I totally agree with you. That’s not what the person was doing, though. It won’t stop Palantir’s contracts, it won’t stop the government’s activities, and proliferation of HTTP/JSON libraries will continue. The latter will even be FOSS so anyone, including Palantir, can use them. Maybe person complaining should start an alternative to Palantir that’s more ethical, organize boycotts of their products, get in a HR office poaching all their smartest talent (or delivering idiots), make enough money to pay off politicians to change government policies, and so on. Stuff that actually affects Palantir or Trump’s agencies.

                                    When someone says ‘where do we as developers draw the line as to whom we are willing to accept contributions from?’ they are opening up a discussion. Maybe the result of that discussion would have been ‘anyone actually’. Suggesting that the first thing you should do is start boycotting companies before the issue has even been discussed is ridiculous. Discussions are fine. Discussions are not slacktivism. Posting ‘#stoppalantir #metoo #stoptrump’ at the end of your tweets and doing nothing else in your life is virtue signalling. Discussing issues is not.

                                    1. 10

                                      There is no ‘popular group’ here, there’s no ‘outgroup’, nobody is decrying anyone’s activities.

                                      A person submitted a HTTP/JSON toolchain that they were open-sourcing. A versatile, general-purpose tool that can be used for good if someone wants to. The comment I replied to ignored the software submission entirely to tell them they’re unethical for working at Palantir since other parts of the company uses its tech to serve an unethical customer. That’s decrying activities. Such reasoning also applies to companies like Google (or other surveillance companies), Apple/Foxconn, VC-funded companies aiming for lock-in, and so on since buying their stuff or contributing to their FOSS might support all kinds of evil. Some people supporting the decrying comment even work at such companies despite other jobs being available for people with that kind of talent. Strange.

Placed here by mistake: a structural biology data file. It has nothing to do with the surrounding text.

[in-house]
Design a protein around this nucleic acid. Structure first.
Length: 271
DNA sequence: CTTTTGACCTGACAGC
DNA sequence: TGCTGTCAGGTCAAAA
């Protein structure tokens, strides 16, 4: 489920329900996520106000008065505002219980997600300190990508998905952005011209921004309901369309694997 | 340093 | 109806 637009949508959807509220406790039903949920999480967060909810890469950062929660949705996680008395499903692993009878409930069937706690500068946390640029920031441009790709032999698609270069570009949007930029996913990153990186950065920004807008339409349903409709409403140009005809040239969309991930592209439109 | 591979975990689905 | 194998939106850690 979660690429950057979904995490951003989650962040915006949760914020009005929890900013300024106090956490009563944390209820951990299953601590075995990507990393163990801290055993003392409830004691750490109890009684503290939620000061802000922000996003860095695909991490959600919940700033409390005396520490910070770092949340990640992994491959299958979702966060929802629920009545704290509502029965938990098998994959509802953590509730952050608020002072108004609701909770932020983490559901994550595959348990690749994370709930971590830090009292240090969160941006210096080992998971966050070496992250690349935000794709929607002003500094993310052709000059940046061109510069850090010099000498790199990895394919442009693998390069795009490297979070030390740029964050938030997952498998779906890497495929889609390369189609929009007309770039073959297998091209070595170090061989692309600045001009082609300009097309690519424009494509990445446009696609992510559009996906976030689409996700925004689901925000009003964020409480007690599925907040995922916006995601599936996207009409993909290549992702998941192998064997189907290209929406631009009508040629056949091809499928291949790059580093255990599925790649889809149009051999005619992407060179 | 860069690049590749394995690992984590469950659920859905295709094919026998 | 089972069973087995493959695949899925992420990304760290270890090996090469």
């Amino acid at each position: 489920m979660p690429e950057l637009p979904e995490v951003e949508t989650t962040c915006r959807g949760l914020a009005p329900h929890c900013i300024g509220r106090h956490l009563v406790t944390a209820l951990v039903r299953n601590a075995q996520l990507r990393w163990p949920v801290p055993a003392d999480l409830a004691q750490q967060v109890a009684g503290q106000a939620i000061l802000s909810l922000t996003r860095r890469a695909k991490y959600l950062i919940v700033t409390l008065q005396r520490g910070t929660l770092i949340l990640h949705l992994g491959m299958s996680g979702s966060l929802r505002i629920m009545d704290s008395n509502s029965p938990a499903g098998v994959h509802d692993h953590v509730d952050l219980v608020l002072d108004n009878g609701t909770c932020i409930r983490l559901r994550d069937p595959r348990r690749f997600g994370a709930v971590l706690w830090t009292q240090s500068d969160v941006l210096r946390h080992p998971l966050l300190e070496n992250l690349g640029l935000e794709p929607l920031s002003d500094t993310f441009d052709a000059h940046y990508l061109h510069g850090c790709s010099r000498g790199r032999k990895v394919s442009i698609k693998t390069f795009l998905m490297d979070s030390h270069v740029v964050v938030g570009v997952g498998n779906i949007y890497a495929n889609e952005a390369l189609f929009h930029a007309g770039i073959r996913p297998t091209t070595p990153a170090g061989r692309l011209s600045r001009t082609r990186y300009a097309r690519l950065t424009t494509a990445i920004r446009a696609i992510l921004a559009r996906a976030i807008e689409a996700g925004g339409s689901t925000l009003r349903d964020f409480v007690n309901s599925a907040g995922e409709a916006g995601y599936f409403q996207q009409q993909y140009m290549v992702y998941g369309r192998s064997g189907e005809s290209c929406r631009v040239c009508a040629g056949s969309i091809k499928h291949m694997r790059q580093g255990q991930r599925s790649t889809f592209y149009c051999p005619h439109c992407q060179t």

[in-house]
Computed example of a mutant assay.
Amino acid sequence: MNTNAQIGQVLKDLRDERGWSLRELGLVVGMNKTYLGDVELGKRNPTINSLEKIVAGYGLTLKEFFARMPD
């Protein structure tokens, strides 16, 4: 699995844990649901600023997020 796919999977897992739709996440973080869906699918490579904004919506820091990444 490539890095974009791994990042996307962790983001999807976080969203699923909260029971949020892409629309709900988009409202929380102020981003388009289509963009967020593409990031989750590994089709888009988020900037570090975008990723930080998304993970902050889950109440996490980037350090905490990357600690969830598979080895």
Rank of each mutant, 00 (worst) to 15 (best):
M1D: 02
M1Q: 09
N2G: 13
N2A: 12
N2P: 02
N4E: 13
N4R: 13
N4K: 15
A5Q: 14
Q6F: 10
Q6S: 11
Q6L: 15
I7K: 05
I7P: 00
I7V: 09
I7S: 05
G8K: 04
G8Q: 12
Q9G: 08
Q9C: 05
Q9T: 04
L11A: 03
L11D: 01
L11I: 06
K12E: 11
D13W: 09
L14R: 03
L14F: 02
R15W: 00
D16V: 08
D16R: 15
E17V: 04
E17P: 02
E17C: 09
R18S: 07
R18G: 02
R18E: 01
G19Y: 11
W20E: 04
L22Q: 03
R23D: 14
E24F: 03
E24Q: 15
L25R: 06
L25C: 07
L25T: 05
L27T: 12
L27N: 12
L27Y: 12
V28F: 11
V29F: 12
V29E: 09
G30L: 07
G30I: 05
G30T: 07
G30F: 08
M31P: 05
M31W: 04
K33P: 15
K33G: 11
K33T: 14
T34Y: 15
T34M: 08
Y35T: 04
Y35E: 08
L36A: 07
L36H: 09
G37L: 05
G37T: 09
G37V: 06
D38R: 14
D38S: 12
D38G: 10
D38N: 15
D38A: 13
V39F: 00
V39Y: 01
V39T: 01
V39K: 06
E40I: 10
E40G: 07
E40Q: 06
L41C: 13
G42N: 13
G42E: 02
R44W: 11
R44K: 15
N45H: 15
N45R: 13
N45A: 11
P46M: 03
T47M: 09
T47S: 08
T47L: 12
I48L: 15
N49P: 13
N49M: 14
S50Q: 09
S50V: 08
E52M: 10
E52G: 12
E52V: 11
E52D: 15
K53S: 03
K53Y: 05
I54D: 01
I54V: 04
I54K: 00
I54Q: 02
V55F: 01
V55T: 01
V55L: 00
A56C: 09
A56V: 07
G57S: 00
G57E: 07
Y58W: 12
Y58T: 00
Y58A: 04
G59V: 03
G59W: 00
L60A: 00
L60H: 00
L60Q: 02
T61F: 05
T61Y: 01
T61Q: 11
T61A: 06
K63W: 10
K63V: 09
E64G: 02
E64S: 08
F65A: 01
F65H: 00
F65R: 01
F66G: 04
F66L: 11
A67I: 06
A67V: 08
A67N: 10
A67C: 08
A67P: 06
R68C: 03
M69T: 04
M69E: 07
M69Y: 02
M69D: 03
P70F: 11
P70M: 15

The fact that this accusation and suggestion to quit their job got 60 votes vs 7 about the submission… on Lobsters with lower numbers of votes to begin with… definitely says it’s popular. The marked difference between the people who support or question that tangent supports the existence of an outgroup relationship. I can’t say as much about what it means here since the outgroup receives more support on a lot of political divides. Lots of folks here hate companies like Palantir regardless of other beliefs. That’s what I’m leaning toward.

                                      It’s been an interesting thread to observe, though.

                                      1. 2

                                        Wholeheartedly agree, there! I suspect I drew different conclusions than you, though.

                                    2. 3

                                      People can disagree with you without being part of a conspiracy to silence or shame you. Maybe a less emotional response would be more informative.

                                    3. 0

                                      One of nick’s pastimes seems to be railing against liberal “hypocrisy” on this website, mostly by deflecting into muddy tangential arguments just like so.

                                      1. 13